It turns out that we’ve got a lot fewer uninsured folks in MA than 2004. There are big questions about who’s got the best numbers, but according to the State, the ranks of the uninsured are down a whopping 19% since 2004. Wow. The press release credits the early-stage implementation of the new health care law and job growth for the drop.
Now, the press release is missing its backup data; John McDonough suggests it’s because the Romney administration wanted to get out the numbers before the US Census Bureau’s numbers, which come out tomorrow. The Census generally shows much higher numbers of uninsured.
Mitt says, “Early phases of healthcare reform are bearing fruit,” — when in fact, it’s the low-hanging fruit that we’ve collected: Those eligible for Medicaid (MassHealth) but were unenrolled. That was really the slam-dunk part of the new health care law — getting those folks covered. Well, now they are.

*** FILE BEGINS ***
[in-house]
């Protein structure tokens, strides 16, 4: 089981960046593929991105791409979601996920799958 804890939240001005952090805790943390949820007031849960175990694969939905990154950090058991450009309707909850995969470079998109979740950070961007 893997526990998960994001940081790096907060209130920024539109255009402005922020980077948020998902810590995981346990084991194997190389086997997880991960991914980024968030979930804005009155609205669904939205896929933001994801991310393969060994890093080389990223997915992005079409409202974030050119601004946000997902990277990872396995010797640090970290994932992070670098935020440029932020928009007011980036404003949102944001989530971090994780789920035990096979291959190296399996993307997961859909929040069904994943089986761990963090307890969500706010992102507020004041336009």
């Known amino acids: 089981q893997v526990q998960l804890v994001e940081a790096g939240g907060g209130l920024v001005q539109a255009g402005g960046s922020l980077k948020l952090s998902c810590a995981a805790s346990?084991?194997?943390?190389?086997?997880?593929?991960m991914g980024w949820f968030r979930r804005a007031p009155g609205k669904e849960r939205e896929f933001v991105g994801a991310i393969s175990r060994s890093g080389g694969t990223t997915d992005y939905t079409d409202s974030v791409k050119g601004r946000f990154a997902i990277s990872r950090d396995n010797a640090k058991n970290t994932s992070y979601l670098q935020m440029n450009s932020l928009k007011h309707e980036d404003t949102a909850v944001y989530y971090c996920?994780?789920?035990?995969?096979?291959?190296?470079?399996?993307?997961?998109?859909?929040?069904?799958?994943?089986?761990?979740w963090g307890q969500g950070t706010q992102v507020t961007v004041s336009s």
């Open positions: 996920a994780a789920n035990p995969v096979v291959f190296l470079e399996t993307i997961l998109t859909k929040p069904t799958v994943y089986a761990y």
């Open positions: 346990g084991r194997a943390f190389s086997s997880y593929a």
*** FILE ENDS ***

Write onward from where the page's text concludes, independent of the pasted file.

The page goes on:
So, for all the angst about the new health care law, the relatively easy first part has been successful. The scary part — figuring out how much to subsidize the health care of lower-income folks, and how and on whom to implement the personal mandate — is being ground out right now by the “Connector”, the panel of folks charged with writing the regulations. (Healthy Blog’s always got all the gory details.)
Bottom line: Fiscally, it looks like the health care bill got a lot easier to manage. If the Feds’ numbers basically agree with the trend, a sigh of relief may well be in order — pretty uncommon in health care recently.
… By the way, check out how the politics shake out in Ohio governor’s race, now that one of the candidates has proposed a Massachusetts-style health care reform. (Don’t peek! Guess: R or D?)